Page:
Welcome to Gender Analysis

Gender Analysis is a web series launched in 2014 exploring transgender science and life experiences in depth, and revealing the many insights to be found at their intersection. We take a closer look at fields such as sociology, public health, psychiatry, cognitive science, and more, weaving these diverse perspectives into a deeper understanding of gender-related phenomena. Gender Analysis goes beyond the 101s to educate both trans and cis viewers on some of the most fascinating dimensions of our lives – and the pressing issues we face in society.

Support Gender Analysis on Patreon

New episodes of Gender Analysis are published several times a month and are backed by our generous supporters on Patreon. Want to learn more? Check out our instant index for a quick introduction to the wide range of topics we cover:

Curious about…?

Gender dysphoria Self-discovery
How hormones work Bathroom bills
Finding a doctor Treatments for trans youth
Passing Sexuality
Transness and autism Paul McHugh
Regret and detransition Sex chromosomes
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Gender Analysis in Slate: An interview on trans depersonalization and “rapid onset gender dysphoria”

Zinnia Jones

I recently had the pleasure of being interviewed by Evan Urquhart of Slate on the controversy surrounding the “rapid onset gender dysphoria” study, as well as the larger subject of depersonalization and feelings of unreality in trans people and the study’s misrepresentation of this condition:

But one aspect of the study that has seen little coverage is Littman’s uncredited use of the work of Zinnia Jones, a trans female writer who has reported on the possible connections between gender dysphoria and the psychiatric symptoms known as depersonalization and derealization. These symptoms consist of a feeling of disconnection from oneself or one’s life or that the outside world isn’t quite real. Littman’s paper cited a brief, out-of-context portion of Jones’ writing on depersonalization, describing her research on “vague and nonspecific symptoms” of gender dysphoria.

Littman was wrong to use this snippet of Jones’ work to bolster her questionable thesis. It is, however, notable that depersonalization—which has often been associated with trauma—may also have a connection to gender dysphoria. I spoke with Jones about her analysis of this link and about the importance of transgender people engaging with research that affects our lives and legitimacy.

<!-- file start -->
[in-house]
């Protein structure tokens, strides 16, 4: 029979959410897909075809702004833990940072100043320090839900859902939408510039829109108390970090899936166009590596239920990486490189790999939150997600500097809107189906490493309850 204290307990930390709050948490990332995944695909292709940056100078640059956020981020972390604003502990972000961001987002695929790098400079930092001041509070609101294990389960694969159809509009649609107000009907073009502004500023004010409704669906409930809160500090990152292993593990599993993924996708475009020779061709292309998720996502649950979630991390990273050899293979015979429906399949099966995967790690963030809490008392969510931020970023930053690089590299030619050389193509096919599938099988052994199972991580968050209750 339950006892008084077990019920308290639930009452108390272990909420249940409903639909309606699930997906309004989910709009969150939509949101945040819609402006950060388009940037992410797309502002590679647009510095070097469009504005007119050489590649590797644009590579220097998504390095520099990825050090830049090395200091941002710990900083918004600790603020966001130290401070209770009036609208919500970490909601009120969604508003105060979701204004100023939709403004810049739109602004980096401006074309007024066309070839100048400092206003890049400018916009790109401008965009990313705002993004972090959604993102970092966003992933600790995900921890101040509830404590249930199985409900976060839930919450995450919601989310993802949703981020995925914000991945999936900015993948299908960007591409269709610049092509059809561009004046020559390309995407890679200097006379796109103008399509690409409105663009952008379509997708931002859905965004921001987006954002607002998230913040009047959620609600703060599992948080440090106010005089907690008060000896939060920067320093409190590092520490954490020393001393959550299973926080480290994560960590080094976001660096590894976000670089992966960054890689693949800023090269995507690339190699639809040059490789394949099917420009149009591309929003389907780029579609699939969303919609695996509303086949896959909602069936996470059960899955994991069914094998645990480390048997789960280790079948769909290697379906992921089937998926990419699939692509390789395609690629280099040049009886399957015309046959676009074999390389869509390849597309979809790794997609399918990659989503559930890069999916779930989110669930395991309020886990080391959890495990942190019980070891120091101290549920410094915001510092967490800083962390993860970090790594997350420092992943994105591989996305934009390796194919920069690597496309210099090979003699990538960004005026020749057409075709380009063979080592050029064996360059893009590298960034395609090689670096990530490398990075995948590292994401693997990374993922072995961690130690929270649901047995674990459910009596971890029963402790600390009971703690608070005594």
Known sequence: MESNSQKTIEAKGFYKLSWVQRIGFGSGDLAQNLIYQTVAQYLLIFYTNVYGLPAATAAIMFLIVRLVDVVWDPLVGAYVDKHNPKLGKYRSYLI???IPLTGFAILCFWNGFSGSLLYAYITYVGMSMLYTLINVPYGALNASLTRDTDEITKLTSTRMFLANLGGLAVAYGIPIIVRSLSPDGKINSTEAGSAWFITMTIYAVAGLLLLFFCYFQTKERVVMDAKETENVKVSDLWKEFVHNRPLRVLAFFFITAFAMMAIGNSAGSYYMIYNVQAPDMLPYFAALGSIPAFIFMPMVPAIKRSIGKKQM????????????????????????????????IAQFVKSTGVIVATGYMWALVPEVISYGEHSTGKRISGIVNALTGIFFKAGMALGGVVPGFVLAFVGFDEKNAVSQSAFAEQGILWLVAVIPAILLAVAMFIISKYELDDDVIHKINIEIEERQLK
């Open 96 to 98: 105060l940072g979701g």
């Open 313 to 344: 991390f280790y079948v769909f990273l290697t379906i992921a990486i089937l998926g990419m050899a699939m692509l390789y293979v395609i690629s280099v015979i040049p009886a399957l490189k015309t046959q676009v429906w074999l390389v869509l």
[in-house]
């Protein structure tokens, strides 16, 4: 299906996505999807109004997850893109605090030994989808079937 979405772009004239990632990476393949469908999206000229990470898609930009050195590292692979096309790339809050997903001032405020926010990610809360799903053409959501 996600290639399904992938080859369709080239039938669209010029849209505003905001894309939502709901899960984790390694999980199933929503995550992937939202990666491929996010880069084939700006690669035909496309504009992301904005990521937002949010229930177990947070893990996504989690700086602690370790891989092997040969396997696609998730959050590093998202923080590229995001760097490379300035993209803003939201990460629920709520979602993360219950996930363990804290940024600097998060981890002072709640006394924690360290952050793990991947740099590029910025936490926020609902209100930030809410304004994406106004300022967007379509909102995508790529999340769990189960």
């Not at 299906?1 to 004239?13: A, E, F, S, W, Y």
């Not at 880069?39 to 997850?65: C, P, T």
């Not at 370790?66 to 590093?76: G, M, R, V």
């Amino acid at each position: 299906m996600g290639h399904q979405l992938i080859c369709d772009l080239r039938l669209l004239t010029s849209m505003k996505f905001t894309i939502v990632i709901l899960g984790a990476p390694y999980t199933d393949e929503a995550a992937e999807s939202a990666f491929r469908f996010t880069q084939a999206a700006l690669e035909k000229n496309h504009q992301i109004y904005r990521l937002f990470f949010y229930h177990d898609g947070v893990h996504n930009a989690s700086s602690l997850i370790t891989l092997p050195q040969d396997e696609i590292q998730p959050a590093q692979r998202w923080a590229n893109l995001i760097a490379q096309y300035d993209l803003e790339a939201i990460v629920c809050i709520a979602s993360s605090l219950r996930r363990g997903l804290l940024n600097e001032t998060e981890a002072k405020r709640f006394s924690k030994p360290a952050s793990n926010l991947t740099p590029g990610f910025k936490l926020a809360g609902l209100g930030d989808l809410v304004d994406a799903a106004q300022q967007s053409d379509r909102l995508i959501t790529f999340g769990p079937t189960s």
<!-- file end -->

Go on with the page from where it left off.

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Posted in Awareness building, Depersonalization, Gender dysphoria, Hoaxes, Media, News, Psychology and psychiatry | Tagged , , , , , | 1 Comment

How the WSJ handles the inconvenient facts of “rapid onset gender dysphoria”

Zinnia Jones

I was recently consulted on an op-ed in the Wall Street Journal about the dispute over Lisa Littman’s study of a supposed new “rapid onset gender dysphoria” condition said to be contagiously spreading among youth. Jillian Kay Melchior describes my involvement in this controversy:

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Posted in Ethics, Hoaxes, Media, Personal, Replies, Rhetoric, Transphobia and prejudice | Tagged , , , | Leave a comment

My letter to the Brown Daily Herald on “rapid onset gender dysphoria”, and Lisa Littman’s response

Zinnia Jones

This weekend, I wrote in to the Brown Daily Herald on the controversy over a recent study on “rapid onset gender dysphoria” by Brown assistant professor Lisa Littman: Continue reading

Posted in Depersonalization, Gender dysphoria, Replies, Trans youth | Tagged , | Leave a comment

SHOWDOWN: Chuck Tingle vs. Laci Green

By Heather McNamara

Heather McNamaraDid you SEE what happened on Twitter?

If not then honestly I envy you. It’s a terrible place. We gather there to stress out about what the orange tyrant says, criticize hollywood for being sexist and racist, and to laugh at dril. But occasionally, magic happens on Twitter. Maybe this is why so many of us are willing to suffer through all the rest of it. Or maybe we’re all just hoping Chrissy Teigen will notice us. Continue reading

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Y’all know comorbidity is a thing, right?

By Penny Robo

One of the most frustrating arguments to encounter when witnessing discussions involving gender-crits on whether or not a person is “really trans” is the invocation of other conditions the person has as a catch-all explanation. “You’re not trans, you’re just depressed!” “You’re autistic, not transgender!” Continue reading

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